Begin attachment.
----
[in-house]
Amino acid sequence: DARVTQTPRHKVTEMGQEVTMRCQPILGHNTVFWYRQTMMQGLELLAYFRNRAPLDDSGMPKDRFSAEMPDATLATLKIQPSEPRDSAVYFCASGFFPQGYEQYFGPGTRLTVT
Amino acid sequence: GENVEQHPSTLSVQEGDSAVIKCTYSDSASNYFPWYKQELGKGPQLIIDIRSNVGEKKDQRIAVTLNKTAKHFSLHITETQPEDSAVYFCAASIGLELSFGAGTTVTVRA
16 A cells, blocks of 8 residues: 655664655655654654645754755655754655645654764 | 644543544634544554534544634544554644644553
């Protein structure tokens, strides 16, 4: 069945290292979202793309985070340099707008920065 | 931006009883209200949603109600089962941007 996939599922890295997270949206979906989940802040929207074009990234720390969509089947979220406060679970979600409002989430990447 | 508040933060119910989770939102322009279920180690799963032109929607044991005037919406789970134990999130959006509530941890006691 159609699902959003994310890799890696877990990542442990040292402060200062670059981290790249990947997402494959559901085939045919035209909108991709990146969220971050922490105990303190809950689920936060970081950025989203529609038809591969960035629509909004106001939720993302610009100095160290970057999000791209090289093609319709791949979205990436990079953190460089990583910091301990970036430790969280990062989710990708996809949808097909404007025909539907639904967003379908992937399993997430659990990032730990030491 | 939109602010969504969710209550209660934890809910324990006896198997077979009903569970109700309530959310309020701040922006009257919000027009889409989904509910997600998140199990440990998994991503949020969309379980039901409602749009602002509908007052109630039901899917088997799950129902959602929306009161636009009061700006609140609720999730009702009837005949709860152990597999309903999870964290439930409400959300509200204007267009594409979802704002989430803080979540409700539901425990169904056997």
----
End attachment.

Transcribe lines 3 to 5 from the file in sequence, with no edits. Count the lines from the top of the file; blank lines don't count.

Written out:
Amino acid sequence: GENVEQHPSTLSVQEGDSAVIKCTYSDSASNYFPWYKQELGKGPQLIIDIRSNVGEKKDQRIAVTLNKTAKHFSLHITETQPEDSAVYFCAASIGLELSFGAGTTVTVRA
16 A cells, blocks of 8 residues: 655664655655654654645754755655754655645654764 | 644543544634544554534544634544554644644553
């Protein structure tokens, strides 16, 4: 069945290292979202793309985070340099707008920065 | 931006009883209200949603109600089962941007 996939599922890295997270949206979906989940802040929207074009990234720390969509089947979220406060679970979600409002989430990447 | 508040933060119910989770939102322009279920180690799963032109929607044991005037919406789970134990999130959006509530941890006691 159609699902959003994310890799890696877990990542442990040292402060200062670059981290790249990947997402494959559901085939045919035209909108991709990146969220971050922490105990303190809950689920936060970081950025989203529609038809591969960035629509909004106001939720993302610009100095160290970057999000791209090289093609319709791949979205990436990079953190460089990583910091301990970036430790969280990062989710990708996809949808097909404007025909539907639904967003379908992937399993997430659990990032730990030491 | 939109602010969504969710209550209660934890809910324990006896198997077979009903569970109700309530959310309020701040922006009257919000027009889409989904509910997600998140199990440990998994991503949020969309379980039901409602749009602002509908007052109630039901899917088997799950129902959602929306009161636009009061700006609140609720999730009702009837005949709860152990597999309903999870964290439930409400959300509200204007267009594409979802704002989430803080979540409700539901425990169904056997």